5. mizducky

    Dinner! 2008

    That pudding looks amazing, And you can never go wrong with coconut milk. My dinner: started yesterday afternoon with a pork shoulder blade roast going into a simple salt/brown sugar brine; continued this morning with the roast going from brine into crockpot; picked up again at around 4-ish pm when I scooped the falling-apart roast out of the crockpot, pulled it to shreds and chunks, moistened it with a little rendered fat from the crockpot, and then put it in a hot oven briefly to get some crispy bits: The pulled pork, plated, with just a little barbecue sauce, a bunch of hot sauce, and some coleslaw on the side: No, it ain't real barbecue ... but it'll do just fine in the meantime.
  6. Hiya, kalypso! Long time no type! I'd driven past that place a number of times, always thinking the vibe of the building was begging for further investigation. So I'm glad you checked it out so thoroughly, so that now I know I have to go there--preferably with a bunch of people so we can try all the dishes you pictured. I'd wondered about the name of that place too. I was aware that there are sizeable communities of ethnic Germans in Mexico, descendants of several different waves of immigration, but plead ignorance as to how their various heritages show up in the cultural/culinary mix. (Or in the names of people, places, and things ... )
  7. Man, that was a fun read. You just evoked a whole world for me.
  8. By karmic coincidence, I have a four-pound pork shoulder blade roast brining in the fridge at this very moment. The moon must be in Pork. Blog on!
  9. Yep. I see that herb from time to time in the local Asian groceries, under the names Ngò gai or Sawtooth leaf ... and once in awhile it shows up among the side plate of mix-in herbs and veggies accompanying soups in Vietnamese restaurants.
  10. Plus I'm thinking that those mountains in the background look a bit more like low, rolling Eastern US type mountains than higher, pointier Western US type mountains. At any rate, that chunk of pork belly definitely grabbed my attention too.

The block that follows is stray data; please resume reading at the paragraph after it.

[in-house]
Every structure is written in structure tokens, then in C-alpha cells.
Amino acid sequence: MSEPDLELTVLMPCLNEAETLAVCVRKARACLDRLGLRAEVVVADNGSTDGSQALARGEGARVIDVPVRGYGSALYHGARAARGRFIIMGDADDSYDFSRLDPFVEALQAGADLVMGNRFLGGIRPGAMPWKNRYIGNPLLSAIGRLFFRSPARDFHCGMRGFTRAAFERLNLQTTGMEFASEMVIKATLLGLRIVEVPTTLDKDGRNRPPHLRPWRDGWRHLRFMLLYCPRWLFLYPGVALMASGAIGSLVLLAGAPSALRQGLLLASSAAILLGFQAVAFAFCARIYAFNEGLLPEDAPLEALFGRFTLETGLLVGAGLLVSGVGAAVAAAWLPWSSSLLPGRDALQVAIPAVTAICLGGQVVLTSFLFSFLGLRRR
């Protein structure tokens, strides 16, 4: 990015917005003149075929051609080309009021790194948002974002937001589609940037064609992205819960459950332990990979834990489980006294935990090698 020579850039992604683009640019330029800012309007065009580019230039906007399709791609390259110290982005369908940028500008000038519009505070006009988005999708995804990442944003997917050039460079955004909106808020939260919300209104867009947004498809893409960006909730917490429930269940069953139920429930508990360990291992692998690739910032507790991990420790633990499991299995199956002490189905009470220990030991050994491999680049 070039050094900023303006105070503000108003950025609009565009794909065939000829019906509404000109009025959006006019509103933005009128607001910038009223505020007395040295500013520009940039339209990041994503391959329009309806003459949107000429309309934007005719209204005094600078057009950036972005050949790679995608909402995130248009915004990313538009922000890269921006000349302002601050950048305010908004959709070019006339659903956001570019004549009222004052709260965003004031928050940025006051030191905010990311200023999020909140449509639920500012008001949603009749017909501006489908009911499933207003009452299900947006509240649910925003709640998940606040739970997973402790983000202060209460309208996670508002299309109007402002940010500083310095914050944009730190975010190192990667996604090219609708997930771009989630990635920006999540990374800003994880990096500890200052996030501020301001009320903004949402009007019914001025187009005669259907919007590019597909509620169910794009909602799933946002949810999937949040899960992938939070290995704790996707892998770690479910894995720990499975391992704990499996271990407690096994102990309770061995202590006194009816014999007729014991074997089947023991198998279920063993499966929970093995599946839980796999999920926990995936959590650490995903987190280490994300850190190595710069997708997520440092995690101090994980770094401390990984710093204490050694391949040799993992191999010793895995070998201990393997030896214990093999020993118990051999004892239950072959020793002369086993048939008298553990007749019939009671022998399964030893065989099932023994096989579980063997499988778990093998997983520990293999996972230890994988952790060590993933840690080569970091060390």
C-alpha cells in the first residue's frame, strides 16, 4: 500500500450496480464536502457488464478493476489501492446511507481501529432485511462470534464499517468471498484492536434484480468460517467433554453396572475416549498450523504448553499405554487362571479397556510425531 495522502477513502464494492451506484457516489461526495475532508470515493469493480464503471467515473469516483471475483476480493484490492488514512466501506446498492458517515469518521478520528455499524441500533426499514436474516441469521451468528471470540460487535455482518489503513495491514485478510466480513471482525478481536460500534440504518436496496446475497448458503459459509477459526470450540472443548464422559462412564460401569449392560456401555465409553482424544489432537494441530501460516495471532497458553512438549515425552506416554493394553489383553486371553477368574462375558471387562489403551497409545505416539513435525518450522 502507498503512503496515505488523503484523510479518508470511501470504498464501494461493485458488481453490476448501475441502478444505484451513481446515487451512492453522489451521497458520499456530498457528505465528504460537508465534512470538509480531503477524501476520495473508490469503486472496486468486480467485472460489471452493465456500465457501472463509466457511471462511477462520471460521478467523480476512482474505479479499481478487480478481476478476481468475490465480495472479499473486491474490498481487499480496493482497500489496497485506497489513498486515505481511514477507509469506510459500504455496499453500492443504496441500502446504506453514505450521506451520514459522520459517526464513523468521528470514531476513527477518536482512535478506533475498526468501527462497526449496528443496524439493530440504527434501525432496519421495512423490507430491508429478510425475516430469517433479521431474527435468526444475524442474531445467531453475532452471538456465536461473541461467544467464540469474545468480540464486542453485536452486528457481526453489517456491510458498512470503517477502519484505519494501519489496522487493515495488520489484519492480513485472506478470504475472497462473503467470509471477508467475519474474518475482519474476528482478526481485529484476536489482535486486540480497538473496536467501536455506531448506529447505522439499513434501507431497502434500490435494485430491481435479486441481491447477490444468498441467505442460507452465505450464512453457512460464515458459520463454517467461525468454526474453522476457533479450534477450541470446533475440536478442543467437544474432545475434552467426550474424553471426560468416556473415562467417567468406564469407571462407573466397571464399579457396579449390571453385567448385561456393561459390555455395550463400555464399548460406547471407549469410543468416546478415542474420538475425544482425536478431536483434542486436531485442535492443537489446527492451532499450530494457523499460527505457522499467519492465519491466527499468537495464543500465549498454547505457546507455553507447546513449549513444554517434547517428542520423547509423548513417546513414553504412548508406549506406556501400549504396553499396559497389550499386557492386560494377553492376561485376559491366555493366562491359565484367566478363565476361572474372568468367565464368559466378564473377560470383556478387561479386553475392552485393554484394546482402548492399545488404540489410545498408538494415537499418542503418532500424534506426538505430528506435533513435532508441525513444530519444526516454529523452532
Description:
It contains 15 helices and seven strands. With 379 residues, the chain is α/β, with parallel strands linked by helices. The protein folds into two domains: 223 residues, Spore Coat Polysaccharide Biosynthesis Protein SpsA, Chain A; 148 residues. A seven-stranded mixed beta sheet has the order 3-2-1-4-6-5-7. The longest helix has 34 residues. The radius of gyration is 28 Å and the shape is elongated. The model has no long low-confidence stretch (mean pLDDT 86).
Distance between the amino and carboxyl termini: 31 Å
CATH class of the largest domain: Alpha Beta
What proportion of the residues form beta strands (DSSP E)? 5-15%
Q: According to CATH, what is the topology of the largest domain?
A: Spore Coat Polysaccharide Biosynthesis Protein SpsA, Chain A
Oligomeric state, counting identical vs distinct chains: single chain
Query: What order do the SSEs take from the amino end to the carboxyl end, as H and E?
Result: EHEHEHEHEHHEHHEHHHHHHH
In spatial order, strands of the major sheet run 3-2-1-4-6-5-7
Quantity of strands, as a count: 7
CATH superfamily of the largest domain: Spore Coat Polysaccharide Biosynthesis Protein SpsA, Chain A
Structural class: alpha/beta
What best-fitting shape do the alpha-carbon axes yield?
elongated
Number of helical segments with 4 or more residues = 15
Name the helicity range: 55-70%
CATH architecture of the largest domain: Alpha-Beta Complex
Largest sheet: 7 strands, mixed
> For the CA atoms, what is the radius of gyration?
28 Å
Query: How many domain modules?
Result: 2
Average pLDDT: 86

11. I made an absolutely killer tom yum goong based on the recipe in Madhur Jaffrey's Far Eastern Cookery, only substituting head-on shrimp for headless, and omitting the chicken broth because I now had the heads as well as the shells to make broth with. The resulting broth had an intense flavor and color that really stood up to all the hot/sweet/spicy/sour going on, producing a soup that totally kicked the butt of all the insipid tom yum goongs I've had in Thai restaurants in this town. (Plus I developed a really bad nam prik pow obsession--never was a seasoning more ironically transliterated into English. )
  12. Sounds rather dogmatic to me. I haven't seen a halal butcher anywhere here in the Carolinas, Virginia, Georgia or the Florida west coast. I wonder if there is a an association that might tell us how many there really are in the country and where. ← Well, at least according to this website, there is at least one Halal market--and in a number of cases, several more than one--in each of the states/regions you mention above (North and South Carolina, Virginia, Georgia, and Gulf Coast Florida). Mind you, there isn't a listing for "nearly every city"--but then, there may well be more out there than are listed on the website ... (Just trying to be helpful. )